Toy Story: Kids' Ad Market Plays Strong


Strong toy ad dollars on kids' TV networks are fueling a surprisingly higher-priced third- and fourth-quarter selling period.

The advertising CPM in key demo kids' groups is soaring -- up 20% to 30% or more over an already strong 2010-2011 kids' upfront market.

Completed this past summer, it was also bullish for TV kids' marketers, pushing this niche ad marketplace up well over the $1.2 billion mark. It rose over double-digit-percentage volume increases versus the year before.

So strong is the market that certain networks are sold out in specific days/weeks. "This hasn't happened in a long time," says Shelly Hirsch, CEO of New York-based media agency, Beacon Media Group, which focuses on kid-targeted marketers. "This has been a spectacular year."

"It has been nothing short of phenomenal," adds Jim Perry, executive vice president, 360 Brand Sales for Nickelodeon/MTVN Kids and Family Group.



Perry says for the third quarter, Viacom's kids' TV network group will finish some 40% higher in overall spending versus a year ago. He says Nickelodeon has not seen anything like this in four years. The network group is the dominant kids' TV player -- controlling some 50% of the marketplace, according to executives.

Concerning the coming weeks before the holiday season, Perry says, "it's only going to get stronger." Here's why: toy manufacturers. Big kids' retailers Wal-Mart, Target and Toys 'R Us" are pushing even modest-size toy manufacturers to spend heavily on television.

In the past, retailers might have made a determination to carry a toy product based on whether it had the benefit of the marketing support from a theatrical movie deal. Now, retailers are upping the ante for toymakers.

This rise in toy TV ad dollars actually started in the fourth-quarter 2009, said Perry. "Consumers are just buying more toys," he says.

Plus, retailers want manufacturers to spend the TV money early in the process, so if something doesn't work, the product can be pulled. Kids' marketers typically spend heavily in the fourth quarter and especially in the so-called "hard eight" or 10 weeks before the Christmas holiday.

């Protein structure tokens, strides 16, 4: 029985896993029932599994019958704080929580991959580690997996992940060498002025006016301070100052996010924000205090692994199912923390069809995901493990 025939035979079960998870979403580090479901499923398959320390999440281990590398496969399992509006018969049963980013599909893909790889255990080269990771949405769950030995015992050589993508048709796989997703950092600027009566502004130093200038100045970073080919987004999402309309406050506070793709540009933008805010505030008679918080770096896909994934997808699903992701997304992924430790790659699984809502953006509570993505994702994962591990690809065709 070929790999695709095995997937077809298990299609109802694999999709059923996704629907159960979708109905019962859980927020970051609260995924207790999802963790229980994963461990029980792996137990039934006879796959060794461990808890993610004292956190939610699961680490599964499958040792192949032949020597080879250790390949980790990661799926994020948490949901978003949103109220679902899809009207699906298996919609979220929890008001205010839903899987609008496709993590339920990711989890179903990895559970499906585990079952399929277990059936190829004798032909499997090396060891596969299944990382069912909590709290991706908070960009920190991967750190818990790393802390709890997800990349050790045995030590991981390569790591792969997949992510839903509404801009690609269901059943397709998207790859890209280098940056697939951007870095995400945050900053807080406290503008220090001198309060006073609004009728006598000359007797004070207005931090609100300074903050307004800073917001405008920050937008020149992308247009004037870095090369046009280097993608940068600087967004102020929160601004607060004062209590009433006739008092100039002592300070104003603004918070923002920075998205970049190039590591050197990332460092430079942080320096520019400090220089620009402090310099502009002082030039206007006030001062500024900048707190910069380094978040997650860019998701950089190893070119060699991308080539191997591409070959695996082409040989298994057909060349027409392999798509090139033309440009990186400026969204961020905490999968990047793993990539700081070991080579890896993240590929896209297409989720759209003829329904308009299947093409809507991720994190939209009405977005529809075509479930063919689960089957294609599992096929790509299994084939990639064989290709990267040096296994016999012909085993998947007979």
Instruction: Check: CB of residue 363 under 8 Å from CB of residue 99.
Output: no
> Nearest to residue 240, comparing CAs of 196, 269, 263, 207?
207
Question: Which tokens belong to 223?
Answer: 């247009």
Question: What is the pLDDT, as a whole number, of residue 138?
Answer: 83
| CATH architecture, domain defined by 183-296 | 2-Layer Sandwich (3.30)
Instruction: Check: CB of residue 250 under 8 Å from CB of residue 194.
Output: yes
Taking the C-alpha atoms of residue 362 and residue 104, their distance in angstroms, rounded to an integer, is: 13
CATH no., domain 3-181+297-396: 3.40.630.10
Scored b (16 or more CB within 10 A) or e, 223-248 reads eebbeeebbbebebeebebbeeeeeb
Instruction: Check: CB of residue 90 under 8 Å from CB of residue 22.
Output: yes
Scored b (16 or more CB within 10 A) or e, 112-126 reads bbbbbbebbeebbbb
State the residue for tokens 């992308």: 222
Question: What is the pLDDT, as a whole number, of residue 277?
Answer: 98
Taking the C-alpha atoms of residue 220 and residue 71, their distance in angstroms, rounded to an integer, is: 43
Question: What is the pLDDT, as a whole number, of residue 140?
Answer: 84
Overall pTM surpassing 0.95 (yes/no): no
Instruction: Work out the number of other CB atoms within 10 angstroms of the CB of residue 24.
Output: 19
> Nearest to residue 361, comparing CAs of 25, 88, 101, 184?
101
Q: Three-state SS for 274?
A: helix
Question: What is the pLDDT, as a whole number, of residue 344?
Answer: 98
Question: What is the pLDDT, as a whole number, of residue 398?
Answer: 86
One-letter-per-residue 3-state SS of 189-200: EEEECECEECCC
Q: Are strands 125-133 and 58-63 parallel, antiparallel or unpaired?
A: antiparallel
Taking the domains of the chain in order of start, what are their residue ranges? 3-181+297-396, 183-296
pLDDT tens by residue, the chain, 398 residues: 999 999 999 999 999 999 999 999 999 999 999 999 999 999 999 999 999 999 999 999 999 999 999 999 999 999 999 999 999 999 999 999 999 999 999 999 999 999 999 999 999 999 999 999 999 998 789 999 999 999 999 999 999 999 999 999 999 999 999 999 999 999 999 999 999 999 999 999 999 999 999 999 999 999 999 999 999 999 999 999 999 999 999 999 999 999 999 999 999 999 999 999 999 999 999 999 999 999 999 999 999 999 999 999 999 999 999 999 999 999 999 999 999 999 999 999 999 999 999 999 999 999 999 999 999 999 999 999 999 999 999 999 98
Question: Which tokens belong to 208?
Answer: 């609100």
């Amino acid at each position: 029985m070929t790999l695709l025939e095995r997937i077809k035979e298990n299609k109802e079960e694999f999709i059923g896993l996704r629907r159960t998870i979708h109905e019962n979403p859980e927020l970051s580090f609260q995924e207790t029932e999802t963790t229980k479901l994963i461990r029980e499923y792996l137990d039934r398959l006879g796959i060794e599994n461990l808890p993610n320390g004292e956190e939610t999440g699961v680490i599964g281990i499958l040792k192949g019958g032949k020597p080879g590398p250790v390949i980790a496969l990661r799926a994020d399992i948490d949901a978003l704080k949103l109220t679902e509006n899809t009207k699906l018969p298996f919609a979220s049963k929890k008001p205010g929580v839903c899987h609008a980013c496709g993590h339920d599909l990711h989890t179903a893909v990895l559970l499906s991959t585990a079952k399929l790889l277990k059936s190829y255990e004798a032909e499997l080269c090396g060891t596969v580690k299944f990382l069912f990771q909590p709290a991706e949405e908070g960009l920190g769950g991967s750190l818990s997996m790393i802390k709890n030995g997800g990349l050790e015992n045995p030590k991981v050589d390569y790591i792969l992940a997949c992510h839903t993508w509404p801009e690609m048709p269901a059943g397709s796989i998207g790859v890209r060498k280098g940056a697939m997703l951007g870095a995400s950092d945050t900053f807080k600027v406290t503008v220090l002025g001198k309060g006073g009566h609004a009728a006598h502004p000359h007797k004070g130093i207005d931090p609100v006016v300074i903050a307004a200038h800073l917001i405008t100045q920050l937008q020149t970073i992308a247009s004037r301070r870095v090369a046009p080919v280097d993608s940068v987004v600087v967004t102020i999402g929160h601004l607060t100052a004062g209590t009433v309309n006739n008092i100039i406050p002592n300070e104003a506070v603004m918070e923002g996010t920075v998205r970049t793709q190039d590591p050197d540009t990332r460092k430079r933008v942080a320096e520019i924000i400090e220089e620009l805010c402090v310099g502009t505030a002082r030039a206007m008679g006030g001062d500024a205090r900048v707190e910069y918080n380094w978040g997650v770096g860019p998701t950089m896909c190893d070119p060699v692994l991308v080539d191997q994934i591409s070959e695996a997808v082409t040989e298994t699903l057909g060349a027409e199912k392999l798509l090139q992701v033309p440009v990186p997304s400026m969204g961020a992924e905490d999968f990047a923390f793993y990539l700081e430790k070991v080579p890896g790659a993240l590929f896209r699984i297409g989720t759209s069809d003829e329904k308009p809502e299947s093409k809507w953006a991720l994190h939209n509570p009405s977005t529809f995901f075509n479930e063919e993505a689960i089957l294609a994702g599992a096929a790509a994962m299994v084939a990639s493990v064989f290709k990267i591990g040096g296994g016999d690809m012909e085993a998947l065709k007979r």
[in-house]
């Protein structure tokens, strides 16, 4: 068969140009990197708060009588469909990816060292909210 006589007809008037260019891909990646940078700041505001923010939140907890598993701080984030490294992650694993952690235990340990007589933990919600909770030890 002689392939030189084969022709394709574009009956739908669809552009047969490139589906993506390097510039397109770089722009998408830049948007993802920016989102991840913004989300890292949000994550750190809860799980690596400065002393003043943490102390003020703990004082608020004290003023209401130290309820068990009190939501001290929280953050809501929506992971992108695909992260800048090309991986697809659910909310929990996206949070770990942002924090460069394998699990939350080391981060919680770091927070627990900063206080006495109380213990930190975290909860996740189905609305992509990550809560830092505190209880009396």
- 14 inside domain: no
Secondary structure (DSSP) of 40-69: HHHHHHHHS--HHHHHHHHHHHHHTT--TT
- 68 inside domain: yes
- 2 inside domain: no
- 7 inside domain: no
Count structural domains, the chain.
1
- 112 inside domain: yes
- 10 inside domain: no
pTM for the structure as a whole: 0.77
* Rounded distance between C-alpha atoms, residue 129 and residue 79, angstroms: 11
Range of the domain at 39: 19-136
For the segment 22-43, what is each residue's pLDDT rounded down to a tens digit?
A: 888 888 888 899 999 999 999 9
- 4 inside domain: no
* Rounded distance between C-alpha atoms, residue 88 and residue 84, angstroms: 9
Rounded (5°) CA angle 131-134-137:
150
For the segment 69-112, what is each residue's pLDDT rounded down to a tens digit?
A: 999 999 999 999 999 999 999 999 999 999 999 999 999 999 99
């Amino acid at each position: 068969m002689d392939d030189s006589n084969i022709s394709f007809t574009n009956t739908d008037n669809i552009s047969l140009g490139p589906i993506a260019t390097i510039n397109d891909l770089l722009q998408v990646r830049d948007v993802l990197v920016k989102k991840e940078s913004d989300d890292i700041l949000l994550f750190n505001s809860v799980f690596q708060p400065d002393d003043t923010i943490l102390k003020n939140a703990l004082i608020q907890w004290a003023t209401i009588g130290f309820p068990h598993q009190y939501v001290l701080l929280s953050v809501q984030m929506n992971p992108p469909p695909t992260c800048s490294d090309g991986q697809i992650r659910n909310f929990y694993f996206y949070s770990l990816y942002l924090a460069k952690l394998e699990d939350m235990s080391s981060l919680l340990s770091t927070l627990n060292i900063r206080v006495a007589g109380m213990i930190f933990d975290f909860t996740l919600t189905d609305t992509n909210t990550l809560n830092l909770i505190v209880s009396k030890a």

"September has really blossomed over the last couple of years, and that has been driven by the upfront," says John O'Hara, executive vice president of advertising sales and general sales manager for Cartoon Network ad sales and marketing. "We came out of the upfront with pretty high sellouts. We don't have much inventory left."

For years, toy companies have been the biggest kids' advertising category. Recently, spending from theatrical movies, video games and other electronic entertainment categories grew -- all with toy advertising suffering somewhat.

Continuing to lose steam, however, is the kids' food category.

Food marketers had been curtailing efforts, especially around rising kids' health and obesity issues. Sara Lee Corp., for example, recently said it would limit its kids' TV marketing under an industry-wide initiative. Sara Lee joins 16 other companies, including Burger King, Campbell Soup Company, Coke and Pepsi, Dannon, General Mills, Hershey, Kellogg, Kraft Foods, Mars, McDonald's and Nestlé.

Virtually all TV networks targeting children have prospered from the current scatter kids' ad market: Nickelodeon, Disney XD, Cartoon Network and the Saturday morning network kids' programming blocks.

The fast-moving marketplace is also giving some start-up push to the new Discovery Networks/Hasbro kids' network, The Hub, which launches next month.

Media-buying executives believe some kids'-targeted marketers might use the new network -- which is cheaper to buy, they say -- as a way to reduce some of their overall media costs against soaring pricing on established kids' networks.


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